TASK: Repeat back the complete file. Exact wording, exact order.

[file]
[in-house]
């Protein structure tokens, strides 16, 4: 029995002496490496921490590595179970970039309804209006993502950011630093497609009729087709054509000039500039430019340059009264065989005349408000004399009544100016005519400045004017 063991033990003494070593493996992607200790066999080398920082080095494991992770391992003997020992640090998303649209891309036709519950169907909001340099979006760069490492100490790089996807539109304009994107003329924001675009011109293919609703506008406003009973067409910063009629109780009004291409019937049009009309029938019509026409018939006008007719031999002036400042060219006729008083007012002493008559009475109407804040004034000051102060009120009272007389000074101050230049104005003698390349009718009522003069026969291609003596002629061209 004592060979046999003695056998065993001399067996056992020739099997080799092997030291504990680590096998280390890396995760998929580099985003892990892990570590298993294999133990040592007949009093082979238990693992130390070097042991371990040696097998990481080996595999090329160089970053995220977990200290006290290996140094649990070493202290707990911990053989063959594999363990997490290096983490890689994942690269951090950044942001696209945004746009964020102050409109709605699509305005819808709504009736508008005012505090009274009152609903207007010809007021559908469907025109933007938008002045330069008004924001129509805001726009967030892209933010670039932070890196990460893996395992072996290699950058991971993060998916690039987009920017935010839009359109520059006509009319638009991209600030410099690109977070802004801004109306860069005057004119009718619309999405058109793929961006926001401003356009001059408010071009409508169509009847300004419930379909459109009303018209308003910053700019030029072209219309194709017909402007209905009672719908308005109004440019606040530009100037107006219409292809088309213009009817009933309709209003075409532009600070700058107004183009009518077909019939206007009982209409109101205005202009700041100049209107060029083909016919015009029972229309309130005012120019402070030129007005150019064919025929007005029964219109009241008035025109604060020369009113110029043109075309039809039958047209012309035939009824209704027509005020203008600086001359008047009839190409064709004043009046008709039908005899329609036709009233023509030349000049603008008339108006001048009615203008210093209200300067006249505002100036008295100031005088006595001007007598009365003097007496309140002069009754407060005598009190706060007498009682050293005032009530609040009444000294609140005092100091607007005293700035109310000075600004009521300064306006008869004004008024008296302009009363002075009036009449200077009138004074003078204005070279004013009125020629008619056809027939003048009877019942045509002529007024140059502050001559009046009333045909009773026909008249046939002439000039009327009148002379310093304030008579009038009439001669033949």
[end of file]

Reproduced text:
[in-house]
């Protein structure tokens, strides 16, 4: 029995002496490496921490590595179970970039309804209006993502950011630093497609009729087709054509000039500039430019340059009264065989005349408000004399009544100016005519400045004017 063991033990003494070593493996992607200790066999080398920082080095494991992770391992003997020992640090998303649209891309036709519950169907909001340099979006760069490492100490790089996807539109304009994107003329924001675009011109293919609703506008406003009973067409910063009629109780009004291409019937049009009309029938019509026409018939006008007719031999002036400042060219006729008083007012002493008559009475109407804040004034000051102060009120009272007389000074101050230049104005003698390349009718009522003069026969291609003596002629061209 004592060979046999003695056998065993001399067996056992020739099997080799092997030291504990680590096998280390890396995760998929580099985003892990892990570590298993294999133990040592007949009093082979238990693992130390070097042991371990040696097998990481080996595999090329160089970053995220977990200290006290290996140094649990070493202290707990911990053989063959594999363990997490290096983490890689994942690269951090950044942001696209945004746009964020102050409109709605699509305005819808709504009736508008005012505090009274009152609903207007010809007021559908469907025109933007938008002045330069008004924001129509805001726009967030892209933010670039932070890196990460893996395992072996290699950058991971993060998916690039987009920017935010839009359109520059006509009319638009991209600030410099690109977070802004801004109306860069005057004119009718619309999405058109793929961006926001401003356009001059408010071009409508169509009847300004419930379909459109009303018209308003910053700019030029072209219309194709017909402007209905009672719908308005109004440019606040530009100037107006219409292809088309213009009817009933309709209003075409532009600070700058107004183009009518077909019939206007009982209409109101205005202009700041100049209107060029083909016919015009029972229309309130005012120019402070030129007005150019064919025929007005029964219109009241008035025109604060020369009113110029043109075309039809039958047209012309035939009824209704027509005020203008600086001359008047009839190409064709004043009046008709039908005899329609036709009233023509030349000049603008008339108006001048009615203008210093209200300067006249505002100036008295100031005088006595001007007598009365003097007496309140002069009754407060005598009190706060007498009682050293005032009530609040009444000294609140005092100091607007005293700035109310000075600004009521300064306006008869004004008024008296302009009363002075009036009449200077009138004074003078204005070279004013009125020629008619056809027939003048009877019942045509002529007024140059502050001559009046009333045909009773026909008249046939002439000039009327009148002379310093304030008579009038009439001669033949």